• Elizabeth Mabrey
    This is a fascinating subject, but I'm left with the impression that the author is still trying to get a handle on the doctor. Some of that is understandable, as there seemed to be a lot of conflicting documentation, some of it provided by Couney. He gave multiple names, multiple countries of origin, etc., which doesn't surprise me as a showman. Still, he seems hard to pin down, and I still don't think we knew much about him. There was no doubt h...
  • Leann Mary
    Do you need to restore your faith in humanity? Do you have any idea how the medical community began using incubators and saving preemies? I picked this book up on a whim in Coney Island having some vague notion from the Sawbones podcast or Stuff You Missed in History podcast that they had babies in incubators at a World’s Fair. I had no idea how captivating the story actually was. For the first half of the 20th Century, while the medical establ...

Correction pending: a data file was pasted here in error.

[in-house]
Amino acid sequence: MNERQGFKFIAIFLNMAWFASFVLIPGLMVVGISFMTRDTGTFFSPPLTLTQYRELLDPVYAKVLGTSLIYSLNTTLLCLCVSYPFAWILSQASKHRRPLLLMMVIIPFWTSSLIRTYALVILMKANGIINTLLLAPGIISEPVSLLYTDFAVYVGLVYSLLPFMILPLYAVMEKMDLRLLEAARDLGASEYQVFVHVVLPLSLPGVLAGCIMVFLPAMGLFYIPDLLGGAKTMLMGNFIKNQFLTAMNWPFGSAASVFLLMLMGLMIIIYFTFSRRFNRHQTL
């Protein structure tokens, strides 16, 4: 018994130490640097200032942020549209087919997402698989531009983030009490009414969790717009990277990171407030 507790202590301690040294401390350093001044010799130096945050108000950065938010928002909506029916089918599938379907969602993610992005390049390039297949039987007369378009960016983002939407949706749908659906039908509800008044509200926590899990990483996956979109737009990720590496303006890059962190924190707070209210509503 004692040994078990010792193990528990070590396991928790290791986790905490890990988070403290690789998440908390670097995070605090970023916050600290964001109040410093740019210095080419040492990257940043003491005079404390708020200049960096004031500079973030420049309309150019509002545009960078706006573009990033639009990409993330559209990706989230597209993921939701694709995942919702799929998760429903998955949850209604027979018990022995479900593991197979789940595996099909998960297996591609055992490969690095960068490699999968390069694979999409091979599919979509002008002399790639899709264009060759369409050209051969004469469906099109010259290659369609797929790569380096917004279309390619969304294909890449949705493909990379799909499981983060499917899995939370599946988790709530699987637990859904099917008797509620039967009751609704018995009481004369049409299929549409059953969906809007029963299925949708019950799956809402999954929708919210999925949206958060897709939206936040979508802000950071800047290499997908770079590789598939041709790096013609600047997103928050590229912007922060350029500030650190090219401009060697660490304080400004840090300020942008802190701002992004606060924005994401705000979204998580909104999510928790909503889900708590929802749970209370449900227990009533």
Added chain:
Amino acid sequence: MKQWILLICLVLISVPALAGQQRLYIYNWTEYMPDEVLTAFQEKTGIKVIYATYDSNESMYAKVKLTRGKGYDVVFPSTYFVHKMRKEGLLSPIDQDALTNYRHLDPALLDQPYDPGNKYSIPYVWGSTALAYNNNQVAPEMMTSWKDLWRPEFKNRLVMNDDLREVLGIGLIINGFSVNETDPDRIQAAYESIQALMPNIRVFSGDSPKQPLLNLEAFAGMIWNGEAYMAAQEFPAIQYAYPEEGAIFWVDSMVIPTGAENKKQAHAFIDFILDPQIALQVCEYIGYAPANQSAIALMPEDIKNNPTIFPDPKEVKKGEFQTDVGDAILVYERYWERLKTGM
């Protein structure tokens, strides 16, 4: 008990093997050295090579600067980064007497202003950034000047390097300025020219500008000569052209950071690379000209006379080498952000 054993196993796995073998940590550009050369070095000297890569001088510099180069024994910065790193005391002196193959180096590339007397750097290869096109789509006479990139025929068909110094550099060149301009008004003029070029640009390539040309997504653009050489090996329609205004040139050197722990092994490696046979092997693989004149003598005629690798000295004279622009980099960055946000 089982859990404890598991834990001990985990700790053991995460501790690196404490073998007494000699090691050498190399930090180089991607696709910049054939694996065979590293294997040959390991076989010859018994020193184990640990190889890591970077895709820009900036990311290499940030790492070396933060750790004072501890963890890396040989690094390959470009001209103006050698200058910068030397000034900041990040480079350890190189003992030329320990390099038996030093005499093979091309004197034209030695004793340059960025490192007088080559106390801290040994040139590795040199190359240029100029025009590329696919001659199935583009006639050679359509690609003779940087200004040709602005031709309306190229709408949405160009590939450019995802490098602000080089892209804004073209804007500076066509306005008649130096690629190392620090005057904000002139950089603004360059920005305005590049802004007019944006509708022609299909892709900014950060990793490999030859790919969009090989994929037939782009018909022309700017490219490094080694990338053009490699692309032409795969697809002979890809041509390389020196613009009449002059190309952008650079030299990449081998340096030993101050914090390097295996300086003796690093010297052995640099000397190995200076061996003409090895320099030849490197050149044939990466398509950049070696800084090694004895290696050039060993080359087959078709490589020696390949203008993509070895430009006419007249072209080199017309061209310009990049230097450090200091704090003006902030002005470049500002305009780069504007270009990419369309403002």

• Jacqueline
    The subject of this book is fascinating. I can’t believe incubators for premature babies started as a carnival sideshow. Before it was accepted medical practice, Dr. Martin Couney and his nurses looked after babies doctors thought would surely die. They charged the parents nothing, and instead charged admission at Coney Island and various World’s Fairs for people to see these tiny infants. The babies survived (the book estimates almost 7,000 ...
  • Jen
    I was fascinated with the idea of this story. Dr. Couney was known for using incubators at the Coney Island circus exhibits and at the World's Fair. Instead of practicing in a hospital, Martin Couney worked with a team of nurses and assistants amidst rides, attractions and oddities at the fair. It is estimated that he, along with his team, saved around 7,000 premature babies from using incubators. FASCINATING! However, I didn't find the story tel...